Most of these “Leadership Proverbs” I’ve just picked up, absorbed and imbibed by some process of osmosis along the way and don’t know exactly whom they originated from. But when I know I’ll make reference, and when I don’t it’s not that I’m ungrateful or that I want to appear like a genius. It’s genuinely that I can’t remember. So if I’ve flogged something from you let me know and I’ll happily acknowledge it.
Red Queen syndrome
It takes so long to craft a program or an event to get it to a point where it is exactly the way you want it. It takes a lot of time and a lot of effort. And by the time you’ve got it the way you want it you’re probably exhausted and are just ready to let it run. But once you resign yourself to keeping it like it is it’s already begun the slide into decline.
There are at least two reasons for this: 1) Every ordered system tends toward chaos. It wants to fall apart, it wants to stop working. Every system needs constant attention in order to keep functioning properly. Constant tinkering and tweaking to keep it fulfilling its purpose. 2) The world around us is changing at a rapid pace, and so what worked yesterday may not work as well today. What was relevant yesterday may not be as relevant today. Think of the technology industry and how quickly items are superseded and become obsolete. The world around us is changing and our programs will quickly become obsolete without constant and careful attention and change.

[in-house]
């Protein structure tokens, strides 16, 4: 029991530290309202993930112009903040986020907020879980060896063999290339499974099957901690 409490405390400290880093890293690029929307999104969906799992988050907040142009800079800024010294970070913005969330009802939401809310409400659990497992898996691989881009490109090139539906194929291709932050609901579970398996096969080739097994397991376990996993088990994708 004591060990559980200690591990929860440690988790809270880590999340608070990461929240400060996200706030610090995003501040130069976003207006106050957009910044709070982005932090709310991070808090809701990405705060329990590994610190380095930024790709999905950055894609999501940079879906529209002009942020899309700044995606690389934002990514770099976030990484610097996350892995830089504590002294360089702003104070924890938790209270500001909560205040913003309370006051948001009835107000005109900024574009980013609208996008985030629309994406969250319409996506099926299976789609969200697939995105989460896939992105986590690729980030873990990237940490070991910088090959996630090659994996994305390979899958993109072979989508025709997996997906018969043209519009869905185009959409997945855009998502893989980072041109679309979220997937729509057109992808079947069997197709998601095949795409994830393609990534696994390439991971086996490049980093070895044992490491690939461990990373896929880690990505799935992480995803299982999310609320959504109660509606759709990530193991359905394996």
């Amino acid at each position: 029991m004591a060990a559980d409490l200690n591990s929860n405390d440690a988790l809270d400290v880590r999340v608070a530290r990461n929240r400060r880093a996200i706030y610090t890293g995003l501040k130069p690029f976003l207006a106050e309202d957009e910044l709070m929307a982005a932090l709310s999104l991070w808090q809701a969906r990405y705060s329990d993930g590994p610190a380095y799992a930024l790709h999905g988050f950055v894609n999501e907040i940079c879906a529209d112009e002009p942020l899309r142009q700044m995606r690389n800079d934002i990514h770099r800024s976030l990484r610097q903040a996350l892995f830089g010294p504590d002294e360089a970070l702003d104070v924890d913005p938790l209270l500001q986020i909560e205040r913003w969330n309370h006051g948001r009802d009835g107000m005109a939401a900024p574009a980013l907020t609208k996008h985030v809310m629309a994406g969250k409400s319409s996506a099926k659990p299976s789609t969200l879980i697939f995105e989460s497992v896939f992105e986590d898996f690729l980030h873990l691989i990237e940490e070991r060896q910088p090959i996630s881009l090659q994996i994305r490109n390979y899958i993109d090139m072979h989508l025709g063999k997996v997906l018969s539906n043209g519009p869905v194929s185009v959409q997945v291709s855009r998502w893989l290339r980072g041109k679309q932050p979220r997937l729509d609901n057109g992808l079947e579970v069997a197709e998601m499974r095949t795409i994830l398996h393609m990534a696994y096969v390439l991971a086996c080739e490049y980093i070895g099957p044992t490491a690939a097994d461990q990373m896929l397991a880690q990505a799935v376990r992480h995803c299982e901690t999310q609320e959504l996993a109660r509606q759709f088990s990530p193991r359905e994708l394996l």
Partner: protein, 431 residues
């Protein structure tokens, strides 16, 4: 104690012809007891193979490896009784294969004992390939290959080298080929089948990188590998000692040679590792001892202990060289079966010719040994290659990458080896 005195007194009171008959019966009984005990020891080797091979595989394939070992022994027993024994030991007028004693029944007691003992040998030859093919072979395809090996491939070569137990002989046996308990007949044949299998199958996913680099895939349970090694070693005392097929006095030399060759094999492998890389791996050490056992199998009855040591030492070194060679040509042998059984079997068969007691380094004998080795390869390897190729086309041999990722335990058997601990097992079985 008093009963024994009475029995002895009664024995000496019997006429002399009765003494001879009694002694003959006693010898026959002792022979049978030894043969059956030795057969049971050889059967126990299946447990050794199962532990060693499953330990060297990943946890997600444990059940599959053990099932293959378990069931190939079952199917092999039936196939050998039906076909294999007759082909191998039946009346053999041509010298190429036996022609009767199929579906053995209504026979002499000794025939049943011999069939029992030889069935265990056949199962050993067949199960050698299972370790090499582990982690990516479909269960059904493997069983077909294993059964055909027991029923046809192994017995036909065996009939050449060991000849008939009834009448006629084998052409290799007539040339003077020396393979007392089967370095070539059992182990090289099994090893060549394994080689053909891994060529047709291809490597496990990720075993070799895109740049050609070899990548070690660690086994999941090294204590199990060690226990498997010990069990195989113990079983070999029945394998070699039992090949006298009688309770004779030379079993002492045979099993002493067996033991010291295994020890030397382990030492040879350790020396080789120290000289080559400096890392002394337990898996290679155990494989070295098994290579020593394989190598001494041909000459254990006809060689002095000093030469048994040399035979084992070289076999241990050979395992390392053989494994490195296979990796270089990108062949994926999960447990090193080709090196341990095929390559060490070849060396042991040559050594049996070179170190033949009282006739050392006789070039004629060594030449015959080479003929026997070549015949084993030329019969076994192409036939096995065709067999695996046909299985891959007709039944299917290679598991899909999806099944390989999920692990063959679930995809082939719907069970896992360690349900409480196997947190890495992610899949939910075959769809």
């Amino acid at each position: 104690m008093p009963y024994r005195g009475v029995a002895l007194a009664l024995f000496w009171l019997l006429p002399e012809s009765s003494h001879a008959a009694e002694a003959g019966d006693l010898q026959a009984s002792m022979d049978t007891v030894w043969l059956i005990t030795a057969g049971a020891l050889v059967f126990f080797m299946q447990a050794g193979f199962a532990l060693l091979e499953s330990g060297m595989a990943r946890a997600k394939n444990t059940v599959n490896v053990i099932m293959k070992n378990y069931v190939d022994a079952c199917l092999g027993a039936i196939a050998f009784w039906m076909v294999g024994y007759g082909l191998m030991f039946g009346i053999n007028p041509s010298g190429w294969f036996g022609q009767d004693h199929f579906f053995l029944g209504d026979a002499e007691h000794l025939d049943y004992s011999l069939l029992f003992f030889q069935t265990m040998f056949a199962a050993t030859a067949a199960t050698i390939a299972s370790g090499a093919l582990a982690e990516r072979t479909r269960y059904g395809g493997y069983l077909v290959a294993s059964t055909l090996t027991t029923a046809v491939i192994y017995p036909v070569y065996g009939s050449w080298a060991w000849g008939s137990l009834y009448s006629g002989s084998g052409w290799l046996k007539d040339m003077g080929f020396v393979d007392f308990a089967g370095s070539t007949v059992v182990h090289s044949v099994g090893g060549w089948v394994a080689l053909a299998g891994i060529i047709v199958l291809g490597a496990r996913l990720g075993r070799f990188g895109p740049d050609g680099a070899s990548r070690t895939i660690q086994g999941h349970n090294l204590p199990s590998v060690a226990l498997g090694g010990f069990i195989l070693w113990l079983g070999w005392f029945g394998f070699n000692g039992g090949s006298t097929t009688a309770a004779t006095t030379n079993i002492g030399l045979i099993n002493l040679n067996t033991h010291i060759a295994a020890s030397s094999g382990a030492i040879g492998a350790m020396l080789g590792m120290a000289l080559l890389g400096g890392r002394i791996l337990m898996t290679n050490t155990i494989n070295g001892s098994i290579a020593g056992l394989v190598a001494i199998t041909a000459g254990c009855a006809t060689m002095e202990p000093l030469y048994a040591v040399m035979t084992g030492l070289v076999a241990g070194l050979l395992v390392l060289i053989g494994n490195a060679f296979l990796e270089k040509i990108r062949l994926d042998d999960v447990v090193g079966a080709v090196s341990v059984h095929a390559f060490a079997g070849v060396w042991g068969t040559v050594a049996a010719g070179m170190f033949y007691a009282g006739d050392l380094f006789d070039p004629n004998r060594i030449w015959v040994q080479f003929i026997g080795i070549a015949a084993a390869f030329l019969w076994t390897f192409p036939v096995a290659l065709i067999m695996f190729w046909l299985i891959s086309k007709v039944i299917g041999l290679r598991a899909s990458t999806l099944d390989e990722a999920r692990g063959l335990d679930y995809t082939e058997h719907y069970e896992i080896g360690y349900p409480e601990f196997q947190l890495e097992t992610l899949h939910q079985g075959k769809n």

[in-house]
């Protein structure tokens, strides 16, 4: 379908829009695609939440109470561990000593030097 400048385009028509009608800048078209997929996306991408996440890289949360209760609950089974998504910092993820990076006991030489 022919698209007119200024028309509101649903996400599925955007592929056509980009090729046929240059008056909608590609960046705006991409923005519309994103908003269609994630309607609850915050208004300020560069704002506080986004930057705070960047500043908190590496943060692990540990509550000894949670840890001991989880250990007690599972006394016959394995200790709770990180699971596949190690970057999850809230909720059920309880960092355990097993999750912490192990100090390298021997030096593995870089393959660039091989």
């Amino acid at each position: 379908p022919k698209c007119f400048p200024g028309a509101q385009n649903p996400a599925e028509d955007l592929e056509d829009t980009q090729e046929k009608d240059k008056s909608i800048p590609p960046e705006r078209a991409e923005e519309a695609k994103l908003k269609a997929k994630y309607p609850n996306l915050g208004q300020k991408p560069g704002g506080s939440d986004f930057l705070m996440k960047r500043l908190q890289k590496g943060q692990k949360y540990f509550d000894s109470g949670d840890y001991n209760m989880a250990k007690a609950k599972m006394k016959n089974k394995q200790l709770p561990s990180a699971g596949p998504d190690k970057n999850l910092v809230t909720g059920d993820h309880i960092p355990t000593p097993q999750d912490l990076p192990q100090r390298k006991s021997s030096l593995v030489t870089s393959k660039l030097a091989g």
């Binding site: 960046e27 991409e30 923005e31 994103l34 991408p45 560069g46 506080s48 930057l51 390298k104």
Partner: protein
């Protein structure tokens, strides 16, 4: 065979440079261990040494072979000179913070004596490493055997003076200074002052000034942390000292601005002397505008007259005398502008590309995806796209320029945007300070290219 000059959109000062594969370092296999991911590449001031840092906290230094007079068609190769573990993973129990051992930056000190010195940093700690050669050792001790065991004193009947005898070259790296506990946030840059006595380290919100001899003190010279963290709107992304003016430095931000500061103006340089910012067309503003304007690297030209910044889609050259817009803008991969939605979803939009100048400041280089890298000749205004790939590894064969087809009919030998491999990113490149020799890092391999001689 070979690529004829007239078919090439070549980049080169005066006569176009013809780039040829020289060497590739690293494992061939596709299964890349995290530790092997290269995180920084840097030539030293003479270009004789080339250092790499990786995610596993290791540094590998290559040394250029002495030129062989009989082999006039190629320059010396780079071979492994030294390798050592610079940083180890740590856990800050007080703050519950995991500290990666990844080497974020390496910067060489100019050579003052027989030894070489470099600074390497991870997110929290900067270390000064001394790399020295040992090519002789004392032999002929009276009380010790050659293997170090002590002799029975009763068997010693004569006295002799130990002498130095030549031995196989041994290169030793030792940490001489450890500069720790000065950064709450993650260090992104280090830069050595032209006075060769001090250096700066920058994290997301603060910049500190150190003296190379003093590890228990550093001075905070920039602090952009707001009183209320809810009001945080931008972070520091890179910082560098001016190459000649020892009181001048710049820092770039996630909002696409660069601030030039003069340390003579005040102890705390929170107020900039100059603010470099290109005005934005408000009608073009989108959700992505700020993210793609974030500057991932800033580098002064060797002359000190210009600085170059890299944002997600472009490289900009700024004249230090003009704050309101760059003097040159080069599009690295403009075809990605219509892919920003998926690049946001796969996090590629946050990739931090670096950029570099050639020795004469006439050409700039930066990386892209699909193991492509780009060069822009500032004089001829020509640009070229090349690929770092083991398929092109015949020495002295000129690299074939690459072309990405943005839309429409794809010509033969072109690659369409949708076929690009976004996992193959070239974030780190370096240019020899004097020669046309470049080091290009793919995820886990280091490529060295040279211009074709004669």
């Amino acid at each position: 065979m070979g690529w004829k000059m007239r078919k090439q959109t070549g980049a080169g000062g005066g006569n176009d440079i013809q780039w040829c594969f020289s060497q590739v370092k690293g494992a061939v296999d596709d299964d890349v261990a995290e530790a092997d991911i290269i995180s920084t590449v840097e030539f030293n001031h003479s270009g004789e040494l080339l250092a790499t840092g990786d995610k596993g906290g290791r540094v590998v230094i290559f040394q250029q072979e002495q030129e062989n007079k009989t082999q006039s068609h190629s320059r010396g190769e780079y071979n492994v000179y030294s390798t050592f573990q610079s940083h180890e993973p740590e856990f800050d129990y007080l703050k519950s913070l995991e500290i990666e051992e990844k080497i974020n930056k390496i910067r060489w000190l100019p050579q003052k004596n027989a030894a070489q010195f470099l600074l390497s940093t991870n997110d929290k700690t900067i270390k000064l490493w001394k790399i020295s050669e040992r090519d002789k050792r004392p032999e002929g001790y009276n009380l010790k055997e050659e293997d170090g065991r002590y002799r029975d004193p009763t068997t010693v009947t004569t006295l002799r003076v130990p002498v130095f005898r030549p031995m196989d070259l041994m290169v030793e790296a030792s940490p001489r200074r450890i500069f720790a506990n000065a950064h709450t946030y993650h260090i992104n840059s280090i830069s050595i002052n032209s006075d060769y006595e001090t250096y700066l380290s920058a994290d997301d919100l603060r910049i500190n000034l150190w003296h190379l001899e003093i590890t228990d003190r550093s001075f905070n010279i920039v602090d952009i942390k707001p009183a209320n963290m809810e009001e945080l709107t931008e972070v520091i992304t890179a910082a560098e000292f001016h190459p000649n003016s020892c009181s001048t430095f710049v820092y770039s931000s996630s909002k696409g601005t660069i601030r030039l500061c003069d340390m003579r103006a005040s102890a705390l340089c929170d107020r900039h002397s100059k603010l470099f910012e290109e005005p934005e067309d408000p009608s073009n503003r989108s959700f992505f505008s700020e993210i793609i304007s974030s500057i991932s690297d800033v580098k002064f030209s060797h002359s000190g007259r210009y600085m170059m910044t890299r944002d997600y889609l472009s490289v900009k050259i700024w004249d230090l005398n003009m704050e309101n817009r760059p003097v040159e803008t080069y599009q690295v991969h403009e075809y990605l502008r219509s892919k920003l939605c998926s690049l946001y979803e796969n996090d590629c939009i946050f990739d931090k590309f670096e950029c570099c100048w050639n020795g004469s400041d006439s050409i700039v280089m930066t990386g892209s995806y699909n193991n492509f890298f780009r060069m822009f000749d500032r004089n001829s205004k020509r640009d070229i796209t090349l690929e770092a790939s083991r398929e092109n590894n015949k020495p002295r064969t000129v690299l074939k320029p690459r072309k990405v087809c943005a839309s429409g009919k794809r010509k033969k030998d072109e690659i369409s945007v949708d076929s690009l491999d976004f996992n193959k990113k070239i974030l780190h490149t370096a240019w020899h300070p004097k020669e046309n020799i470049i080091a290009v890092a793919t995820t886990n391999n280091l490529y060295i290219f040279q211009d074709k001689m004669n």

It is reminiscent of Alice in Wonderland where Alice and the Red Queen were running very fast hand in hand, and still the queen kept crying “Faster!” The weird part of the whole thing was that the trees and the other things around them never changed their places at all. No matter how fast they went, they never seemed to pass anything. When they finally stopped, Alice protested:
“Well, in our country,” said Alice, still panting a little, “you’d generally get to somewhere else–if you ran very fast for a long time, as we’ve been doing.”
“A slow sort of country!” said the Queen. “Now, here, you see, it takes all the running you can do, to keep in the same place. If you want to get somewhere else, you must run at least twice as fast as that!”
We need to be constantly changing just to stay where we are. We need constant change, constant improvement, constant innovation to keep moving ahead. You need to run as fast as you can just to stay where you are. That’s the Red Queen Syndrome.
The great G.K. Chesterton put it quite memorably when he said: “Conservatism is based upon the idea that if you leave things alone you leave them as they are. But you do not. If you leave a thing alone you leave it to a torrent of changes. If you leave a white post alone it will soon be a black post. If you particularly want it to be white you must be always painting it again; that is, you must be always having a revolution. Briefly, if you want the old white post you must have a new white post.”
That’s the Red Queen Syndrome.